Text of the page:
This was not the first time that the AirAsia group has been implicated in bribery allegations.

In 2017, the SFO named the AirAsia Group as one of the parties allegedly involved in bribery allegations with Rolls-Royce PLC, UK’s aircraft engine maker, but AirAsia clarified that it had never dealt with the company.

In the latest case, British prosecutors said Airbus paid US$50 million to sponsor a sports team in order to clinch “improper favours” from the airline and its long-haul arm, AirAsia X, involving orders of 180 aircraft.

The sports team referred in the legal document is the Formula One (F1) racing team, Caterham F1, that was then owned by Fernandes and Kamarudin.

Interestingly, of all the airlines implicated in the bribery allegations, AirAsia is the only one where money was allegedly paid by Airbus towards a legitimate sports branding sponsorship. 

The investigation is being carried out and it is the responsibility of the board to answer to its shareholders and be transparent in the process.

It could turn out to be a long battle for the airline that could perhaps completely change the way it handles things going forward.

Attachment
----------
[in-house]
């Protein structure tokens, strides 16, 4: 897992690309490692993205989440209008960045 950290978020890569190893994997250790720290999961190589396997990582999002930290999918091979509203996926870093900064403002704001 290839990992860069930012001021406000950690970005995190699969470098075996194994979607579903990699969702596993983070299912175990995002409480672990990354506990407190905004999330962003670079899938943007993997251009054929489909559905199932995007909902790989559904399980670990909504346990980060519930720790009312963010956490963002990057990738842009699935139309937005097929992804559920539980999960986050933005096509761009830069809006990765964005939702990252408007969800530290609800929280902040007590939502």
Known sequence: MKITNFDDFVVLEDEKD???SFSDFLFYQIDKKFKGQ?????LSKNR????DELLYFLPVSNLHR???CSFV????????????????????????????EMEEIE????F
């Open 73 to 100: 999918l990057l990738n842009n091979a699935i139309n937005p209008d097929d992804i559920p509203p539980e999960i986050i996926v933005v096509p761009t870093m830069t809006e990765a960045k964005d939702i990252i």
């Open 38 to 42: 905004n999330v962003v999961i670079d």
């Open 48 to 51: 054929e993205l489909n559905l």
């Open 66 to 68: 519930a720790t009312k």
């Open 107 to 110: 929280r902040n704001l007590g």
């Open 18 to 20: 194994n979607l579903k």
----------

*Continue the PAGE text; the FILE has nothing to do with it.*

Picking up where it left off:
AirAsia’s involvement with F1 racing started with the 2007 F1 World Championship, when it became the official airline for the AT&T Williams’ F1 team for three years. 

In 2010, Fernandes’ team entered F1 as Lotus Racing, which was renamed as the Caterham F1 team in 2011.

The Caterham F1 racing team had gone around the globe promoting, among others, AirAsia, AirAsia X, GE and Airbus.

Kamarudin and Fernandes were shareholders in Caterham but the company made no profit and was eventually disposed of for one pound sterling in 2014.

As for business, AirAsia is well known as a company that took to the skies with merely two fleets when the future of the aviation industry seemed bleak after the horrific 9/11 attacks in the US back in 2001.

The low-cost carrier has made it through many other challenges and disasters in the industry, and has become Asia's leading low-cost airline, serving more than 130 destinations across the Asia Pacific.

Together with its affiliates in Thailand, Indonesia, the Philippines, India and Japan, AirAsia is the largest low-cost carrier in Asia by passengers carried.

Its long-haul low-cost affiliate carrier, AirAsia X, currently flies to 31 destinations across Asia, Australia, the Middle East and the US.

The airline’s ability to keep abreast with rapid technological changes, tapping on it to further enhance its business in one of the world’s most challenging industries is admirable.

AirAsia is perhaps one of a handful of aviation companies that have integrated Google Cloud’s machine learning and artificial intelligence technologies into every aspect of its business.

It was also the pioneer of low-cost airline in-flight WiFi in the region, and it is also known for grooming young talents, leaders and entrepreneurs.

Hence, there is no doubt, AirAsia as a brand and business is here to stay.